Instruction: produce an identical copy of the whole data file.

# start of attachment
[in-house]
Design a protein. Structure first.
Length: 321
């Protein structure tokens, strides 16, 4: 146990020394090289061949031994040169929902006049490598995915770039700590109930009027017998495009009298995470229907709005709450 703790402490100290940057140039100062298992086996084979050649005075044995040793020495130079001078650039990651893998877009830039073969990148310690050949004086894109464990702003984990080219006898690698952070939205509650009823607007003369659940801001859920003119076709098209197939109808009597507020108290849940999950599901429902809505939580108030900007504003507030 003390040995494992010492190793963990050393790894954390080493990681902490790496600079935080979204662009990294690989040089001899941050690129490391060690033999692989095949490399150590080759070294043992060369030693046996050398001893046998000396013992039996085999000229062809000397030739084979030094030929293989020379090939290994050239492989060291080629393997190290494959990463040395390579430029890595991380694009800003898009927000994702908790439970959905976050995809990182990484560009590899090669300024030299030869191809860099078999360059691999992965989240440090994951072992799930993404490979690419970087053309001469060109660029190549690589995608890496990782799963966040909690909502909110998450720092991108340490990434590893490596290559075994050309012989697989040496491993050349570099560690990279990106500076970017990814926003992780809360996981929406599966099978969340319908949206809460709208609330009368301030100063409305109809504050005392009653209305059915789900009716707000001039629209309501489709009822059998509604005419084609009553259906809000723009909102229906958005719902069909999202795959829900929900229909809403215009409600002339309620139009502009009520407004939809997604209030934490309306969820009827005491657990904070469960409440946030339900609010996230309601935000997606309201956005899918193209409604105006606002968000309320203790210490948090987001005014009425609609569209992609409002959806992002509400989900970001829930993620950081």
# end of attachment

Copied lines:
[in-house]
Design a protein. Structure first.
Length: 321
């Protein structure tokens, strides 16, 4: 146990020394090289061949031994040169929902006049490598995915770039700590109930009027017998495009009298995470229907709005709450 703790402490100290940057140039100062298992086996084979050649005075044995040793020495130079001078650039990651893998877009830039073969990148310690050949004086894109464990702003984990080219006898690698952070939205509650009823607007003369659940801001859920003119076709098209197939109808009597507020108290849940999950599901429902809505939580108030900007504003507030 003390040995494992010492190793963990050393790894954390080493990681902490790496600079935080979204662009990294690989040089001899941050690129490391060690033999692989095949490399150590080759070294043992060369030693046996050398001893046998000396013992039996085999000229062809000397030739084979030094030929293989020379090939290994050239492989060291080629393997190290494959990463040395390579430029890595991380694009800003898009927000994702908790439970959905976050995809990182990484560009590899090669300024030299030869191809860099078999360059691999992965989240440090994951072992799930993404490979690419970087053309001469060109660029190549690589995608890496990782799963966040909690909502909110998450720092991108340490990434590893490596290559075994050309012989697989040496491993050349570099560690990279990106500076970017990814926003992780809360996981929406599966099978969340319908949206809460709208609330009368301030100063409305109809504050005392009653209305059915789900009716707000001039629209309501489709009822059998509604005419084609009553259906809000723009909102229906958005719902069909999202795959829900929900229909809403215009409600002339309620139009502009009520407004939809997604209030934490309306969820009827005491657990904070469960409440946030339900609010996230309601935000997606309201956005899918193209409604105006606002968000309320203790210490948090987001005014009425609609569209992609409002959806992002509400989900970001829930993620950081």